Thursday, September 10, 2020

Adding Context for 3D View of Ancestors, Part 1

Last week, I finished a 40-page booklet about hubby's 18 Civil War ancestors. Even though these ancestors died generations ago, each lived a unique life that I wanted to honor and memorialize in this family history booklet.

Yet when I sat down to write, I had only bare-bones facts from the US Census, Civil War pension records, and similar sources.

To engage my readers (younger relatives of today and descendants in future generations), I needed to flesh out these skeletons beyond just names and dates. My goal was to provide a more three-dimensional view of each ancestor's life.

This first part of my new blog series examines how an ancestor's family situation can add an important dimension to understand his or her life. Later posts in this series will look at community, society, and history as context for understanding ancestors.

Ancestors in Context: Family Situation

Here are some of the elements of family situation I examined to understand the life of Benjamin Franklin Steiner, born in 1840 in Crawford County, Ohio. He was my husband's second great uncle, and he served for nearly three years in the 10th Ohio Cavalry, fighting for the Union side.
  • Birth order - He was the seventh of nine children, and the fifth of six sons. But since his father was a tailor, not a farmer, having a lot of boys didn't necessarily help the household prosper. It probably meant mouths to feed. Perhaps this is why I found Benjamin not at home in the 1860 US Census but living 40 miles away with a carpenter's family, and working as a laborer at the age of 20. Then I looked further.
  • Parents - Benjamin's mother was listed as head of household in the 1860 US Census, no occupation. Benjamin's father died before the Census. Still at home with his Mom were a 25-year-old son who was a carpenter; a 21-year-old daughter whose occupation was "sewing;" and three children under the age of 15. I think this explains why Benjamin wasn't living at home--he needed to board elsewhere and make money while one of his brothers remained at home to be the chief breadwinner for the family.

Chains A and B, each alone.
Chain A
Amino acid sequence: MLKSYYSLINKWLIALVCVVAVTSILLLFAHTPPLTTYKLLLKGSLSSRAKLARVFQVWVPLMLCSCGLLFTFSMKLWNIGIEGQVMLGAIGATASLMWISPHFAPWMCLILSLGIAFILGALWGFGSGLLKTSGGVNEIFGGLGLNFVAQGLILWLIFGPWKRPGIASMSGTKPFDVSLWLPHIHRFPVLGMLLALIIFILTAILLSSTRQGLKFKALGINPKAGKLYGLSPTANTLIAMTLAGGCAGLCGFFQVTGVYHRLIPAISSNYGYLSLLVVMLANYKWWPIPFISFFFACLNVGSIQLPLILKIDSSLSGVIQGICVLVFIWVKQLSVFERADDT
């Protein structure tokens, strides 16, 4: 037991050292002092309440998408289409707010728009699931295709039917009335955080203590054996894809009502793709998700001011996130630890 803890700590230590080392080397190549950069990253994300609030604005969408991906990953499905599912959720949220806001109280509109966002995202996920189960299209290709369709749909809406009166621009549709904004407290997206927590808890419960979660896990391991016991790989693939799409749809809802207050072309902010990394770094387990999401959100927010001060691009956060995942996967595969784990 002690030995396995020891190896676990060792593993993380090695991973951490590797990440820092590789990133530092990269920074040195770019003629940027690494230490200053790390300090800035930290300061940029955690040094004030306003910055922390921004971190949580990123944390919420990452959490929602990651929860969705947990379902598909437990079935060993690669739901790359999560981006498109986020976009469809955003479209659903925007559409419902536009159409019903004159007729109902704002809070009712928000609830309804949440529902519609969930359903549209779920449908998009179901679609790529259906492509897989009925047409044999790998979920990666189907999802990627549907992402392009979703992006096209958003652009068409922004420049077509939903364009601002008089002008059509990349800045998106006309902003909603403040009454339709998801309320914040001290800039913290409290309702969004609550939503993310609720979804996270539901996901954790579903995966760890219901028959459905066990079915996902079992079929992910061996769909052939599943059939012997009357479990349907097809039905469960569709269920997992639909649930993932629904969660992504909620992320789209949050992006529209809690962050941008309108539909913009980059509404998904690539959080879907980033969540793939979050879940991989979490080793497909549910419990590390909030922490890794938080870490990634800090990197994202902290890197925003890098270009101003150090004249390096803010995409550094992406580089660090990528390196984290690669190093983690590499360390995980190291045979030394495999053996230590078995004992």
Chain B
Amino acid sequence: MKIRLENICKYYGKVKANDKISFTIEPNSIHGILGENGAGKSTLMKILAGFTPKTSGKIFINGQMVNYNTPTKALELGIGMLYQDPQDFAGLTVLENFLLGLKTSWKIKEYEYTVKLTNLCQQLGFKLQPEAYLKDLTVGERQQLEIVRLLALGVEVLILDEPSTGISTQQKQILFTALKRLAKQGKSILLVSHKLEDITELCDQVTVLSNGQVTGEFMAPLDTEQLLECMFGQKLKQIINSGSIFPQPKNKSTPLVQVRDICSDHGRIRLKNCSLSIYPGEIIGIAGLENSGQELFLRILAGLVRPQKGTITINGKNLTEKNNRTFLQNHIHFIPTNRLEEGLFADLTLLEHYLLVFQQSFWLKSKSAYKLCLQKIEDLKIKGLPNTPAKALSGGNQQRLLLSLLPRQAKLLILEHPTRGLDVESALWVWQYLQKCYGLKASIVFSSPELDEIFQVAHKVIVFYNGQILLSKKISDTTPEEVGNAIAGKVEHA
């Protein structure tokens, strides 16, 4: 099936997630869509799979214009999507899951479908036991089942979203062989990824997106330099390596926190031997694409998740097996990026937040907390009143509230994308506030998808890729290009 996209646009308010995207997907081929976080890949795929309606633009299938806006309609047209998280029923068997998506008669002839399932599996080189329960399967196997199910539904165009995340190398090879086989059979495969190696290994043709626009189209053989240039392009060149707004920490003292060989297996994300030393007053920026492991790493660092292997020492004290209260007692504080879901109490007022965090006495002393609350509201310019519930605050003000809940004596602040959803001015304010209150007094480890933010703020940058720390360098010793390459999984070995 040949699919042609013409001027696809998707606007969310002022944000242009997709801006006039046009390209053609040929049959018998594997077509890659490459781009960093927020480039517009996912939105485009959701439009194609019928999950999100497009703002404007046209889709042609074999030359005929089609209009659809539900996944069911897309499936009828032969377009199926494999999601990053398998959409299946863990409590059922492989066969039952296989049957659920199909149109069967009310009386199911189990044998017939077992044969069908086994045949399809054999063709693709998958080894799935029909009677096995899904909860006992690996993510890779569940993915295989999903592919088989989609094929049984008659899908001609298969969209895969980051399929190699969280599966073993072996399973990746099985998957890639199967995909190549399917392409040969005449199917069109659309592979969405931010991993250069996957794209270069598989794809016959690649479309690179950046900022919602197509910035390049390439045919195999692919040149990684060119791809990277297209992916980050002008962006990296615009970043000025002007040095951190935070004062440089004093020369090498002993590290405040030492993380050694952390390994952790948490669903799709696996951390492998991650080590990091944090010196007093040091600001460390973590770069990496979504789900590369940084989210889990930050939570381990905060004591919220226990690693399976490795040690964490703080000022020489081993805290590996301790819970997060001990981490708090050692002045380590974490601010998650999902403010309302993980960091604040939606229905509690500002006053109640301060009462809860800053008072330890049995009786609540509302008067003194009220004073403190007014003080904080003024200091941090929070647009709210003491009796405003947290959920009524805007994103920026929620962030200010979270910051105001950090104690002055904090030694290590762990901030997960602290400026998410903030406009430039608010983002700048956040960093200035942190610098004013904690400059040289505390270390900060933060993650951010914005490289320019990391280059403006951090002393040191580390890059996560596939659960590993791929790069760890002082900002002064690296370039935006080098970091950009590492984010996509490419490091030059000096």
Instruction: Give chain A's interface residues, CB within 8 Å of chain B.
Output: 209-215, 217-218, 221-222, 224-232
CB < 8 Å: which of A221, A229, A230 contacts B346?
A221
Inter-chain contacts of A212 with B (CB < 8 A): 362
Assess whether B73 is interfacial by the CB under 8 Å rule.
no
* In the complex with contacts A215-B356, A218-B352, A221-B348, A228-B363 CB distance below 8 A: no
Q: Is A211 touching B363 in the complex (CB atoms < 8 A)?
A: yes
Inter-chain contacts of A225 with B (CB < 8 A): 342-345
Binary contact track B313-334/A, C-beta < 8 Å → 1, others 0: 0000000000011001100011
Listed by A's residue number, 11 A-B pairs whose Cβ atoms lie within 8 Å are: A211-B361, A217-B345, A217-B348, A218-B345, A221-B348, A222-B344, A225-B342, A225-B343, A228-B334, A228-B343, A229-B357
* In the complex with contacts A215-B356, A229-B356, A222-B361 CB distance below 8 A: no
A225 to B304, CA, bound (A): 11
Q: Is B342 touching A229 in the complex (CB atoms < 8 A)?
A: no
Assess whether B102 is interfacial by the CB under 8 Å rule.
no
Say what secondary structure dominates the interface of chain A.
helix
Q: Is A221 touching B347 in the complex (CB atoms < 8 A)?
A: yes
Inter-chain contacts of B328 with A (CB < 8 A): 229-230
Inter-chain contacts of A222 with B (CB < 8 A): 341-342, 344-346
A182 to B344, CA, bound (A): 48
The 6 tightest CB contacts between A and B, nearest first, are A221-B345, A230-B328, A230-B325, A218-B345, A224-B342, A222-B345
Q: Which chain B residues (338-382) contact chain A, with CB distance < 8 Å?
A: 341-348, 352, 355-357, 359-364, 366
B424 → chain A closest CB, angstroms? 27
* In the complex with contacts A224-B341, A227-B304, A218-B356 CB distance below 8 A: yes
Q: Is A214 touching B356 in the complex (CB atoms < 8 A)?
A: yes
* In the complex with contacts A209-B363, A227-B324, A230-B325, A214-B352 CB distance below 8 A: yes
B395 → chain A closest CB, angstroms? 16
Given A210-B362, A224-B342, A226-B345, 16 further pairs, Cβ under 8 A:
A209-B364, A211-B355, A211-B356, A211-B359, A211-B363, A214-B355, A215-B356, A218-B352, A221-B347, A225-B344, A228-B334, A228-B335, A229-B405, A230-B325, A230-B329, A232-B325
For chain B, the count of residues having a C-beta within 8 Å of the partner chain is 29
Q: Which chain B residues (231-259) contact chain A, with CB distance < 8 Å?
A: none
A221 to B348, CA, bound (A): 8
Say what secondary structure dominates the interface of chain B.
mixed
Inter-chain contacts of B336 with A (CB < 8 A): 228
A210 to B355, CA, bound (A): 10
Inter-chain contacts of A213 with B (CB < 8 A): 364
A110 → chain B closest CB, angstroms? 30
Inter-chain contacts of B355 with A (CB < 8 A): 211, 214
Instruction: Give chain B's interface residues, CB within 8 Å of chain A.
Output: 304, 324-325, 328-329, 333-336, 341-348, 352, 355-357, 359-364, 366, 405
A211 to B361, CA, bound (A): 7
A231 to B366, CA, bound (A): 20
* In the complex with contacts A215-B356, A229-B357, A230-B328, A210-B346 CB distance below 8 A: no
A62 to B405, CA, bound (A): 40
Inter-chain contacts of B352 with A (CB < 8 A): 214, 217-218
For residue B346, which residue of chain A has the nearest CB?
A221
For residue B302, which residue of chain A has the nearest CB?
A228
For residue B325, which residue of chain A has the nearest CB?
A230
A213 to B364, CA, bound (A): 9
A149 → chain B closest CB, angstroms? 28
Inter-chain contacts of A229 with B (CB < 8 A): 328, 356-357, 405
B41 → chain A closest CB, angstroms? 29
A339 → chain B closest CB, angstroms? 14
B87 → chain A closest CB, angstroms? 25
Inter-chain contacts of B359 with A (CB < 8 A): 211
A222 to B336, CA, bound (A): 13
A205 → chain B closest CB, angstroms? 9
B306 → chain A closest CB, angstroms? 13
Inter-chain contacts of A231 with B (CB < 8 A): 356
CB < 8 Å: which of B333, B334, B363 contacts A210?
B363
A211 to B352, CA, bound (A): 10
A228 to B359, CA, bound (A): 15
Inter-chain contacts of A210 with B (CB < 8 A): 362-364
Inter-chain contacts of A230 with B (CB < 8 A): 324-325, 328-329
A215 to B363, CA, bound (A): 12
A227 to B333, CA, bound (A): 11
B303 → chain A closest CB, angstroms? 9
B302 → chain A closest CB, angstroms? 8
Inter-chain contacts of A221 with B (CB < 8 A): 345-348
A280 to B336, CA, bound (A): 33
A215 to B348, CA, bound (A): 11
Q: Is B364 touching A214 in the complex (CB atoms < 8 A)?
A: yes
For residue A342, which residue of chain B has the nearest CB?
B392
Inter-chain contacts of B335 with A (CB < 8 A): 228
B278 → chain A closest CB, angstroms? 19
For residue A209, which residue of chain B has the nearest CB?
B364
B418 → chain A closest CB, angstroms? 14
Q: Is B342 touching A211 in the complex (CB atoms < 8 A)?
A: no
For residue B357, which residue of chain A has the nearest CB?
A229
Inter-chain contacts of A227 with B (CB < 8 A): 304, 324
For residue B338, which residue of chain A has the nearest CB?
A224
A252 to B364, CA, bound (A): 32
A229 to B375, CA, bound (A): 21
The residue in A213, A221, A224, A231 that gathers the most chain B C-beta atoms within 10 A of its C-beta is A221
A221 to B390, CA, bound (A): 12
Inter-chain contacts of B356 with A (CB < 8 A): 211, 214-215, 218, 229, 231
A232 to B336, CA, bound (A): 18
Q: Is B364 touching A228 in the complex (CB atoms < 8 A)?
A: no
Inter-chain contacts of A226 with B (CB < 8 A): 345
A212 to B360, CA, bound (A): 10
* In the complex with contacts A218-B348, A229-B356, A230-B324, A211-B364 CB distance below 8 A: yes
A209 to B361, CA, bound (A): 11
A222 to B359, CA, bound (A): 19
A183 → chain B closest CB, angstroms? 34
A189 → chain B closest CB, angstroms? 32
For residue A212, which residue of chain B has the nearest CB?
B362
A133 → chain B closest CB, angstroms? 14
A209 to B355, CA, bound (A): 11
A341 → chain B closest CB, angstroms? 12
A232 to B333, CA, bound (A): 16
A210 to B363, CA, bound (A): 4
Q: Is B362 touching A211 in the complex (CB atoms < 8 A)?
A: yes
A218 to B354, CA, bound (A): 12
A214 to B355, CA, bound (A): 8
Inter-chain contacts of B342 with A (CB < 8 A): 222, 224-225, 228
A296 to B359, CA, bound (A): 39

• Siblings - One brother was a carpenter, one a plasterer, one a grocer, one a butcher, and one a farmer. After serving in the Civil War, Benjamin first started farming. With his second family, he tried brick and tile making before returning to farming. Both of these occupations he would have seen first-hand. Interestingly, none of the children chose to be a tailor like their father.
  • Spouse and children - In 1861, Benjamin married a farmer's daughter. He was 21, she was 23. They had one son before Benjamin went to war in October, 1862. It must have been difficult for his wife and child, on their own, financially and emotionally, while Benjamin was in the military. When he returned, he and his wife had two more children. Only months after the third child was born, Benjamin's wife died. He remarried three years later, to a widow bringing up three children on her own. Now Benjamin was supporting a wife, two children, and three stepchildren, which may be why he changed occupations to try brick and tile making. Once the children were all grown and gone, he went back to farming in his later years. 
Benjamin's life took many twists and turns, with both ups and downs, I realized as I looked at his changing family situation. This gave me a better appreciation of who he was and the decisions he faced--fleshing him out as a 3D human being, beyond the basics of birth, marriage, and death.

More about context in Part 2.


  1. Great advice!!! Our ancestors were more than their dates so looking at them in context is very important. Your elements above are practical and easy to use, so even beginners won't find it intimidating :)

  2. Always interesting, I think, to see the wider family picture. I wonder if Benjamin was still helping his family out financially while working away? We may never know for sure but it's possible.

  3. Ladies, thank you for reading and commenting. Wish I could know for sure whether Benjamin sent money home while working and boarding elsewhere. It's possible, and I hope so! But it's also possible that simply having him live with another family helped his mom keep expenses down with one less mouth to feed.